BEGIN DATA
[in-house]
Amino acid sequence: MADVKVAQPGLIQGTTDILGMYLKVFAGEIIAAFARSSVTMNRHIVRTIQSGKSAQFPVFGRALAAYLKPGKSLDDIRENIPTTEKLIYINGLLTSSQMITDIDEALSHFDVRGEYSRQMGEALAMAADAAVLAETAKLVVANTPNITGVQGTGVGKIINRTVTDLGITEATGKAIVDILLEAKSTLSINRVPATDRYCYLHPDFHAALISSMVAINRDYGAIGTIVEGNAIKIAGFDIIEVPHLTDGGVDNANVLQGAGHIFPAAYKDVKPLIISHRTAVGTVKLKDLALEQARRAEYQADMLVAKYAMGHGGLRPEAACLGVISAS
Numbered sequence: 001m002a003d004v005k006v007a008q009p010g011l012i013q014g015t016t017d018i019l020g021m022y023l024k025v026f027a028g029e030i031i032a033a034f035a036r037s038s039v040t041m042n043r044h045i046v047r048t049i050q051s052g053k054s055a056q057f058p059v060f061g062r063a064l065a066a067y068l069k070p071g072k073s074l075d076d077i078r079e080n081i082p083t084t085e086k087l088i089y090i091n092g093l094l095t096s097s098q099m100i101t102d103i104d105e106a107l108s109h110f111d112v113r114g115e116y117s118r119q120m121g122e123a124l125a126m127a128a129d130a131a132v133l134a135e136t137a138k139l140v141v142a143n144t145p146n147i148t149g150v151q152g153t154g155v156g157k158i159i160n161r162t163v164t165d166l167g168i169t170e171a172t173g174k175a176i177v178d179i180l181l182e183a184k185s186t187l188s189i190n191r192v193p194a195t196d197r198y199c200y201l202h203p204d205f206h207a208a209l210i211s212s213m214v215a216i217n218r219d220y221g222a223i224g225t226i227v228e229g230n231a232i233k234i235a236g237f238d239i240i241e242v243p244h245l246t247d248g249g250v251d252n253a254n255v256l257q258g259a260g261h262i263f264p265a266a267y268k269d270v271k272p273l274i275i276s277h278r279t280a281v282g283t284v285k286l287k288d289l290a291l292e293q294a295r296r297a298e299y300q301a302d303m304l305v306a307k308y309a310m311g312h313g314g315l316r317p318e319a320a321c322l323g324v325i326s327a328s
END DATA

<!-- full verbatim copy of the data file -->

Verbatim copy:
[in-house]
Amino acid sequence: MADVKVAQPGLIQGTTDILGMYLKVFAGEIIAAFARSSVTMNRHIVRTIQSGKSAQFPVFGRALAAYLKPGKSLDDIRENIPTTEKLIYINGLLTSSQMITDIDEALSHFDVRGEYSRQMGEALAMAADAAVLAETAKLVVANTPNITGVQGTGVGKIINRTVTDLGITEATGKAIVDILLEAKSTLSINRVPATDRYCYLHPDFHAALISSMVAINRDYGAIGTIVEGNAIKIAGFDIIEVPHLTDGGVDNANVLQGAGHIFPAAYKDVKPLIISHRTAVGTVKLKDLALEQARRAEYQADMLVAKYAMGHGGLRPEAACLGVISAS
Numbered sequence: 001m002a003d004v005k006v007a008q009p010g011l012i013q014g015t016t017d018i019l020g021m022y023l024k025v026f027a028g029e030i031i032a033a034f035a036r037s038s039v040t041m042n043r044h045i046v047r048t049i050q051s052g053k054s055a056q057f058p059v060f061g062r063a064l065a066a067y068l069k070p071g072k073s074l075d076d077i078r079e080n081i082p083t084t085e086k087l088i089y090i091n092g093l094l095t096s097s098q099m100i101t102d103i104d105e106a107l108s109h110f111d112v113r114g115e116y117s118r119q120m121g122e123a124l125a126m127a128a129d130a131a132v133l134a135e136t137a138k139l140v141v142a143n144t145p146n147i148t149g150v151q152g153t154g155v156g157k158i159i160n161r162t163v164t165d166l167g168i169t170e171a172t173g174k175a176i177v178d179i180l181l182e183a184k185s186t187l188s189i190n191r192v193p194a195t196d197r198y199c200y201l202h203p204d205f206h207a208a209l210i211s212s213m214v215a216i217n218r219d220y221g222a223i224g225t226i227v228e229g230n231a232i233k234i235a236g237f238d239i240i241e242v243p244h245l246t247d248g249g250v251d252n253a254n255v256l257q258g259a260g261h262i263f264p265a266a267y268k269d270v271k272p273l274i275i276s277h278r279t280a281v282g283t284v285k286l287k288d289l290a291l292e293q294a295r296r297a298e299y300q301a302d303m304l305v306a307k308y309a310m311g312h313g314g315l316r317p318e319a320a321c322l323g324v325i326s327a328s